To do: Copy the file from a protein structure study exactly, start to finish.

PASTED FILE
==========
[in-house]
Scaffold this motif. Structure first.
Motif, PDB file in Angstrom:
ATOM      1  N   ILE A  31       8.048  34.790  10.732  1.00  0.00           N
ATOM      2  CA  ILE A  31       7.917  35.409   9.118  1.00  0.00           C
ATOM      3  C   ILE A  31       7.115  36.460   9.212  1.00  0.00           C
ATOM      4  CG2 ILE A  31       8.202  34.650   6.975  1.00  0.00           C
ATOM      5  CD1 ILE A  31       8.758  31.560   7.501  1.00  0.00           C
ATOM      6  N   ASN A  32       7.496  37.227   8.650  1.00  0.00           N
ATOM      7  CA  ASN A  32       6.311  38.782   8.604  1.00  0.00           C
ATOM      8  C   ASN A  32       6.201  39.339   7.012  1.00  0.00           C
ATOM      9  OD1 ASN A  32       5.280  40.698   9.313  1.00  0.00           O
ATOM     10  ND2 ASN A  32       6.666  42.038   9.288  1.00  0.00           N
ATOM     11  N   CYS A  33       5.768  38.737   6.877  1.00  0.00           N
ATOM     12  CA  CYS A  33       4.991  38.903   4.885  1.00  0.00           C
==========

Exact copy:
[in-house]
Scaffold this motif. Structure first.
Motif, PDB file in Angstrom:
ATOM      1  N   ILE A  31       8.048  34.790  10.732  1.00  0.00           N
ATOM      2  CA  ILE A  31       7.917  35.409   9.118  1.00  0.00           C
ATOM      3  C   ILE A  31       7.115  36.460   9.212  1.00  0.00           C
ATOM      4  CG2 ILE A  31       8.202  34.650   6.975  1.00  0.00           C
ATOM      5  CD1 ILE A  31       8.758  31.560   7.501  1.00  0.00           C
ATOM      6  N   ASN A  32       7.496  37.227   8.650  1.00  0.00           N
ATOM      7  CA  ASN A  32       6.311  38.782   8.604  1.00  0.00           C
ATOM      8  C   ASN A  32       6.201  39.339   7.012  1.00  0.00           C
ATOM      9  OD1 ASN A  32       5.280  40.698   9.313  1.00  0.00           O
ATOM     10  ND2 ASN A  32       6.666  42.038   9.288  1.00  0.00           N
ATOM     11  N   CYS A  33       5.768  38.737   6.877  1.00  0.00           N
ATOM     12  CA  CYS A  33       4.991  38.903   4.885  1.00  0.00           C